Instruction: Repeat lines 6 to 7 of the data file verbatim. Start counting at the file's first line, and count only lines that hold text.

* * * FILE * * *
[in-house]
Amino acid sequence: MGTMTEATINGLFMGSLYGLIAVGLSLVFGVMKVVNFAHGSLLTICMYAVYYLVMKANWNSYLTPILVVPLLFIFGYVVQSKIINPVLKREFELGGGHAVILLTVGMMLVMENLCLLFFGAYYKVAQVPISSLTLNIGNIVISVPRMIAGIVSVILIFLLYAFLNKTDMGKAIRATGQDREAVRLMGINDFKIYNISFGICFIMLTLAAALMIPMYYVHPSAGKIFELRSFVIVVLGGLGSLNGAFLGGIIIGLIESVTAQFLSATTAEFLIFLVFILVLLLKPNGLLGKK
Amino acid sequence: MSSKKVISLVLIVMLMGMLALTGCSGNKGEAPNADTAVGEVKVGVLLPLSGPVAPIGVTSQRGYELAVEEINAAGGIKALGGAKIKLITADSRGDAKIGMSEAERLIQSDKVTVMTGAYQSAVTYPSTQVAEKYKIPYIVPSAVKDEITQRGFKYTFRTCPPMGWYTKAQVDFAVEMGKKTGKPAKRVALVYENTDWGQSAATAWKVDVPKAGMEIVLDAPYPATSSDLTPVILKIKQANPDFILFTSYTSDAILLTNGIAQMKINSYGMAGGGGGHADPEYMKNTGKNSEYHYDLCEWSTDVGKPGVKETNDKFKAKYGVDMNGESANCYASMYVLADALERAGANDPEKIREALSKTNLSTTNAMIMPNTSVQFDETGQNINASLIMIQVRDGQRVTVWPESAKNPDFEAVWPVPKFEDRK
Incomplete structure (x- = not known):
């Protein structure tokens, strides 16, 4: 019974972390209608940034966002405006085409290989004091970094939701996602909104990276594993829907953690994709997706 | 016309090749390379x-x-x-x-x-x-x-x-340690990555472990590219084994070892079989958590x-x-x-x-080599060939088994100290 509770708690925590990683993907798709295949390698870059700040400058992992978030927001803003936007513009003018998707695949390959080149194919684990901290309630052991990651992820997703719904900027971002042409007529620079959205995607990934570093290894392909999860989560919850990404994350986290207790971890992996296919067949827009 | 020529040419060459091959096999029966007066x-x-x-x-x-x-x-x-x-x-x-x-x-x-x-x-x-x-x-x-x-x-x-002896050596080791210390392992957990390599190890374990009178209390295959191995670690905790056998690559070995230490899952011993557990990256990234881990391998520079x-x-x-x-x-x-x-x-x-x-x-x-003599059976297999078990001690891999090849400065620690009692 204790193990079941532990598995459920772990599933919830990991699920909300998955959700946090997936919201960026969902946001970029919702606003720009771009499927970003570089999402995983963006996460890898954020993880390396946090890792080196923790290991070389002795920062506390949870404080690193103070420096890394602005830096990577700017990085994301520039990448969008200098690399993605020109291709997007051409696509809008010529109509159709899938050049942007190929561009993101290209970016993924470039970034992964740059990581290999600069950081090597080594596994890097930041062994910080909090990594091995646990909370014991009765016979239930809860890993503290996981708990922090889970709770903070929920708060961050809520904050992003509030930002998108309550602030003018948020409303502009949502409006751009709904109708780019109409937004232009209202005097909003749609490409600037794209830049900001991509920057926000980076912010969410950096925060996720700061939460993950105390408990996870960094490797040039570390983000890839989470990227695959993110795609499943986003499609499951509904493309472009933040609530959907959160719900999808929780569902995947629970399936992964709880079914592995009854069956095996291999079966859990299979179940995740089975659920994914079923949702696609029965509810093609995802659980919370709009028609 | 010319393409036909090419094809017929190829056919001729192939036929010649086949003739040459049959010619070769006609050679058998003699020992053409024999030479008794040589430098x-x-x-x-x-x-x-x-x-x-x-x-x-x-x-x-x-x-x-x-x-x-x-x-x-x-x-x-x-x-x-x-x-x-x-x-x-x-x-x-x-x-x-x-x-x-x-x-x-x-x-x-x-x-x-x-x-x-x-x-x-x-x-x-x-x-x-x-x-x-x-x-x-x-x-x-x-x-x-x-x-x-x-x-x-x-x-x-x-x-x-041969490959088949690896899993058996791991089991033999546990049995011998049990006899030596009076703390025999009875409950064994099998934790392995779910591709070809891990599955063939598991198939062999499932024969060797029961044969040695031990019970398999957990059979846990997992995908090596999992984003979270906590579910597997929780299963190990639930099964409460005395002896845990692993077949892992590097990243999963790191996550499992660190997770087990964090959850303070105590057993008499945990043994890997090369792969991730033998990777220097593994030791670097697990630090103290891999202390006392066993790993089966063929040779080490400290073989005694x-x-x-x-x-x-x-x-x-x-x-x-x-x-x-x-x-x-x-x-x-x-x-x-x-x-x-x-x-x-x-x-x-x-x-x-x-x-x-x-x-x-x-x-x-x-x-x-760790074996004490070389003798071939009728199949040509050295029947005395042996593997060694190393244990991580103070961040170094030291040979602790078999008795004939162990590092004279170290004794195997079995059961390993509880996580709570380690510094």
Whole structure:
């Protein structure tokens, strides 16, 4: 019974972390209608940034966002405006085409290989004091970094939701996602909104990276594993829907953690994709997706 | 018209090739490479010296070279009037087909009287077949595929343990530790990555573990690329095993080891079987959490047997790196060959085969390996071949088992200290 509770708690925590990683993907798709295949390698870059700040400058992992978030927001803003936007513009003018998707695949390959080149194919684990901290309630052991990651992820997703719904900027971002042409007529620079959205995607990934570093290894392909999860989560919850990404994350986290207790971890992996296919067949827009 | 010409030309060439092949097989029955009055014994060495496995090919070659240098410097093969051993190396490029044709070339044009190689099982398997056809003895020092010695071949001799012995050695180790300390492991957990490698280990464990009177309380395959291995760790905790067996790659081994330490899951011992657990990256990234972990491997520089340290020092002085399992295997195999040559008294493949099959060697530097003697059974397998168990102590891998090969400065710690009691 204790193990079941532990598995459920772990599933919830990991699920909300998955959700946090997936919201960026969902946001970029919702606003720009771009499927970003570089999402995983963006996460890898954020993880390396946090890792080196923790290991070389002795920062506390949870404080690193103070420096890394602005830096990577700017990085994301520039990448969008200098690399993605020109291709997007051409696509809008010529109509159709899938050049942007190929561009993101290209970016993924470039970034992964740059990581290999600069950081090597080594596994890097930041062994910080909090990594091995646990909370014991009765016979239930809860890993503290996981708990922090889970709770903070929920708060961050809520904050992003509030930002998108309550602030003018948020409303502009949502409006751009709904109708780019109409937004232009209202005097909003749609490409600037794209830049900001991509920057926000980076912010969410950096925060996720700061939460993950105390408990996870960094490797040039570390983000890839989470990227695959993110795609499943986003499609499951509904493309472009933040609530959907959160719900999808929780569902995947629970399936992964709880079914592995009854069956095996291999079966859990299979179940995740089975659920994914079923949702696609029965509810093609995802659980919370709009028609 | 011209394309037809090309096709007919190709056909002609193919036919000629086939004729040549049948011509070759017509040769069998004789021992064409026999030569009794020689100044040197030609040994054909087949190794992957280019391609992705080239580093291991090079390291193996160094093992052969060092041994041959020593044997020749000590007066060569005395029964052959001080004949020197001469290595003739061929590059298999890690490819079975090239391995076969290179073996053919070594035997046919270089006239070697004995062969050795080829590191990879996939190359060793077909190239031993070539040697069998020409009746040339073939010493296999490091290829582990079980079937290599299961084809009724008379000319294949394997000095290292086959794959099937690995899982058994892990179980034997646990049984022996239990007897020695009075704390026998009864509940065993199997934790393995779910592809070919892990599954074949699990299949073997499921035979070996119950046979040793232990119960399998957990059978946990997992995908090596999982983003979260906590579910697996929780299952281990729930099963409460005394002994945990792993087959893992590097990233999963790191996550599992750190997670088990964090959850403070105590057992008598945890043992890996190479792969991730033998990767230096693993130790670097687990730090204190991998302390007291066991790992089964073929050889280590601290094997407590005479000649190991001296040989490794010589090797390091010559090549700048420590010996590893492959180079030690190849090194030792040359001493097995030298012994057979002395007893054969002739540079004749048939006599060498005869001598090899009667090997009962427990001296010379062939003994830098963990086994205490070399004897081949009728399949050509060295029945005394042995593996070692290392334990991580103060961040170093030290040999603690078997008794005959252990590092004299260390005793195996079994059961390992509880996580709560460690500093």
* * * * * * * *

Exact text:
Whole structure:
């Protein structure tokens, strides 16, 4: 019974972390209608940034966002405006085409290989004091970094939701996602909104990276594993829907953690994709997706 | 018209090739490479010296070279009037087909009287077949595929343990530790990555573990690329095993080891079987959490047997790196060959085969390996071949088992200290 509770708690925590990683993907798709295949390698870059700040400058992992978030927001803003936007513009003018998707695949390959080149194919684990901290309630052991990651992820997703719904900027971002042409007529620079959205995607990934570093290894392909999860989560919850990404994350986290207790971890992996296919067949827009 | 010409030309060439092949097989029955009055014994060495496995090919070659240098410097093969051993190396490029044709070339044009190689099982398997056809003895020092010695071949001799012995050695180790300390492991957990490698280990464990009177309380395959291995760790905790067996790659081994330490899951011992657990990256990234972990491997520089340290020092002085399992295997195999040559008294493949099959060697530097003697059974397998168990102590891998090969400065710690009691 204790193990079941532990598995459920772990599933919830990991699920909300998955959700946090997936919201960026969902946001970029919702606003720009771009499927970003570089999402995983963006996460890898954020993880390396946090890792080196923790290991070389002795920062506390949870404080690193103070420096890394602005830096990577700017990085994301520039990448969008200098690399993605020109291709997007051409696509809008010529109509159709899938050049942007190929561009993101290209970016993924470039970034992964740059990581290999600069950081090597080594596994890097930041062994910080909090990594091995646990909370014991009765016979239930809860890993503290996981708990922090889970709770903070929920708060961050809520904050992003509030930002998108309550602030003018948020409303502009949502409006751009709904109708780019109409937004232009209202005097909003749609490409600037794209830049900001991509920057926000980076912010969410950096925060996720700061939460993950105390408990996870960094490797040039570390983000890839989470990227695959993110795609499943986003499609499951509904493309472009933040609530959907959160719900999808929780569902995947629970399936992964709880079914592995009854069956095996291999079966859990299979179940995740089975659920994914079923949702696609029965509810093609995802659980919370709009028609 | 011209394309037809090309096709007919190709056909002609193919036919000629086939004729040549049948011509070759017509040769069998004789021992064409026999030569009794020689100044040197030609040994054909087949190794992957280019391609992705080239580093291991090079390291193996160094093992052969060092041994041959020593044997020749000590007066060569005395029964052959001080004949020197001469290595003739061929590059298999890690490819079975090239391995076969290179073996053919070594035997046919270089006239070697004995062969050795080829590191990879996939190359060793077909190239031993070539040697069998020409009746040339073939010493296999490091290829582990079980079937290599299961084809009724008379000319294949394997000095290292086959794959099937690995899982058994892990179980034997646990049984022996239990007897020695009075704390026998009864509940065993199997934790393995779910592809070919892990599954074949699990299949073997499921035979070996119950046979040793232990119960399998957990059978946990997992995908090596999982983003979260906590579910697996929780299952281990729930099963409460005394002994945990792993087959893992590097990233999963790191996550599992750190997670088990964090959850403070105590057992008598945890043992890996190479792969991730033998990767230096693993130790670097687990730090204190991998302390007291066991790992089964073929050889280590601290094997407590005479000649190991001296040989490794010589090797390091010559090549700048420590010996590893492959180079030690190849090194030792040359001493097995030298012994057979002395007893054969002739540079004749048939006599060498005869001598090899009667090997009962427990001296010379062939003994830098963990086994205490070399004897081949009728399949050509060295029945005394042995593996070692290392334990991580103060961040170093030290040999603690078997008794005959252990590092004299260390005793195996079994059961390992509880996580709560460690500093």